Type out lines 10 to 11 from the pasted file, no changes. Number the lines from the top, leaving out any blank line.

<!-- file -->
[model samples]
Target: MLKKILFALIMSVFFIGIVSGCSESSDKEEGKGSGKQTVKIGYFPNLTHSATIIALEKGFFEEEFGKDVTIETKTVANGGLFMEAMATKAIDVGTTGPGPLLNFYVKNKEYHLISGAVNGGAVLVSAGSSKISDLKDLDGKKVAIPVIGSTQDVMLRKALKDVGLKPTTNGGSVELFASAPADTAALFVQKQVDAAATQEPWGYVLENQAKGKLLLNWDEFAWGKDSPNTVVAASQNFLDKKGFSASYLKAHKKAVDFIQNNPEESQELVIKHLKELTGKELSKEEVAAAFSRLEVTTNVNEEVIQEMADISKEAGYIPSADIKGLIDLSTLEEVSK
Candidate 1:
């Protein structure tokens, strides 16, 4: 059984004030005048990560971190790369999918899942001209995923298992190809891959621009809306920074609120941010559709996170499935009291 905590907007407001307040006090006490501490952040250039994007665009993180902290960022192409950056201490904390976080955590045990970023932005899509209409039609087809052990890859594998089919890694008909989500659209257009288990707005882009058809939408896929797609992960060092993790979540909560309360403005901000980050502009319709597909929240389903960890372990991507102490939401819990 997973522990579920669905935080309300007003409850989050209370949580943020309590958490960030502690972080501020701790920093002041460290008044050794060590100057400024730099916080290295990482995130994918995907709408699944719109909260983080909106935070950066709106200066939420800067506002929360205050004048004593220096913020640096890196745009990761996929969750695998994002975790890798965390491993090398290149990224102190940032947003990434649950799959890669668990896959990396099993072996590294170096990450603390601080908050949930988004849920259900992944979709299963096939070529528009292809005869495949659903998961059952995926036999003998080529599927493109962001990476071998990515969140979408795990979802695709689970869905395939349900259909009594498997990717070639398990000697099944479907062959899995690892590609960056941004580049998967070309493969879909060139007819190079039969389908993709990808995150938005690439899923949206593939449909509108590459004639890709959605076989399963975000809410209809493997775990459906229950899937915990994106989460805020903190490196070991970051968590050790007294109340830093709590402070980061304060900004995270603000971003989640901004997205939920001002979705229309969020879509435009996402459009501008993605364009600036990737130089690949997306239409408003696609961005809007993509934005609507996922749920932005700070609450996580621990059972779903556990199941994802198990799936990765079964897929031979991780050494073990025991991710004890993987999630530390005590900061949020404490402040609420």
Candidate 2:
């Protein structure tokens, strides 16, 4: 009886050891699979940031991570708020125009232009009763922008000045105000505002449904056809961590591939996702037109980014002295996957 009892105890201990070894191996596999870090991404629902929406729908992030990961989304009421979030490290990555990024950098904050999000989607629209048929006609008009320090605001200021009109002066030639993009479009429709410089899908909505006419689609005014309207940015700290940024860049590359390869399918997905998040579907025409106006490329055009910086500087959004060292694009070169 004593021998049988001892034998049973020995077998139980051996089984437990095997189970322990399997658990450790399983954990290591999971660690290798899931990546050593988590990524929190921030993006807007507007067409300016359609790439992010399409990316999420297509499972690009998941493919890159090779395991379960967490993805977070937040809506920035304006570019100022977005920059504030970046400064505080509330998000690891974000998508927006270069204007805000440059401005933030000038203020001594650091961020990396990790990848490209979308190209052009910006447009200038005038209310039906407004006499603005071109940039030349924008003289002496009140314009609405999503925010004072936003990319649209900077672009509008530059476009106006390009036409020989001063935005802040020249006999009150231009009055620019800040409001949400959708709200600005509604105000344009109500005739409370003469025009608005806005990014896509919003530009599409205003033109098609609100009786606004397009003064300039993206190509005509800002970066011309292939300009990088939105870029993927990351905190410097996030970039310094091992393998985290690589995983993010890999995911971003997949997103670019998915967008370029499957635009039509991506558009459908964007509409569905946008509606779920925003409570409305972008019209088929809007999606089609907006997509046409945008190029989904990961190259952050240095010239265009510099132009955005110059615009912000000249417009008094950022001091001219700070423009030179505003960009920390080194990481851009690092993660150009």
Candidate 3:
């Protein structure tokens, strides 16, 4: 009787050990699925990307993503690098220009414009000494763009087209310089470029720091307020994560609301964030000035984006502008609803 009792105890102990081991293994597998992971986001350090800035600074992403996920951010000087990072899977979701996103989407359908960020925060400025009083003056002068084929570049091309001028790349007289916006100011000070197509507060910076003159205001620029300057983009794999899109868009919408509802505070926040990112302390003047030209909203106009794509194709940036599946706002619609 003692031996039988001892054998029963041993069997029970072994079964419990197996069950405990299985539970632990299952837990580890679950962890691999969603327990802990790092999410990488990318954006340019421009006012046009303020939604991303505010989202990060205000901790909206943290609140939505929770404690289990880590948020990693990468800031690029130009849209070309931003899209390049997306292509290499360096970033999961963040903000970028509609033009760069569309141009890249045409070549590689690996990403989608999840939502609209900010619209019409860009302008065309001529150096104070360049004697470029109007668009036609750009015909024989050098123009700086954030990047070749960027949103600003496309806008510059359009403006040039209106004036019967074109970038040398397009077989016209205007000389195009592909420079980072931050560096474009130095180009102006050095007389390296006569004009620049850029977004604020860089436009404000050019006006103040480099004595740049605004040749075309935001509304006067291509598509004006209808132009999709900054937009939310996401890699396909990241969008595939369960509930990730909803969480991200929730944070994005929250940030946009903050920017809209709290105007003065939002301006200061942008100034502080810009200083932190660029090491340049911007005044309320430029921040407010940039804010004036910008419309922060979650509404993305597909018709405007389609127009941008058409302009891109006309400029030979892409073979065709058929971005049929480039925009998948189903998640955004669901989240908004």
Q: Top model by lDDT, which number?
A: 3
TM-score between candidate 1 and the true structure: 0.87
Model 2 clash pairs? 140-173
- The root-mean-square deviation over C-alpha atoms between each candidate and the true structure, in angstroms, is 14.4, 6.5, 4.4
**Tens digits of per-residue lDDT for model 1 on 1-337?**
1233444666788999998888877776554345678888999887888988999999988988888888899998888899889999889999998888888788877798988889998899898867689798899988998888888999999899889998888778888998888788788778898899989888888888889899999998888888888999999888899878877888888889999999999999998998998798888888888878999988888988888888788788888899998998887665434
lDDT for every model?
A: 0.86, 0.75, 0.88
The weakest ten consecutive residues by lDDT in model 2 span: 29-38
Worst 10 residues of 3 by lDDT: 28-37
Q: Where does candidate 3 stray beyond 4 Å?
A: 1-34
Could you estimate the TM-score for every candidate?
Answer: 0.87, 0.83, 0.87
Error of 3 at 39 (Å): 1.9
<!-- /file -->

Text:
A: 3
TM-score between candidate 1 and the true structure: 0.87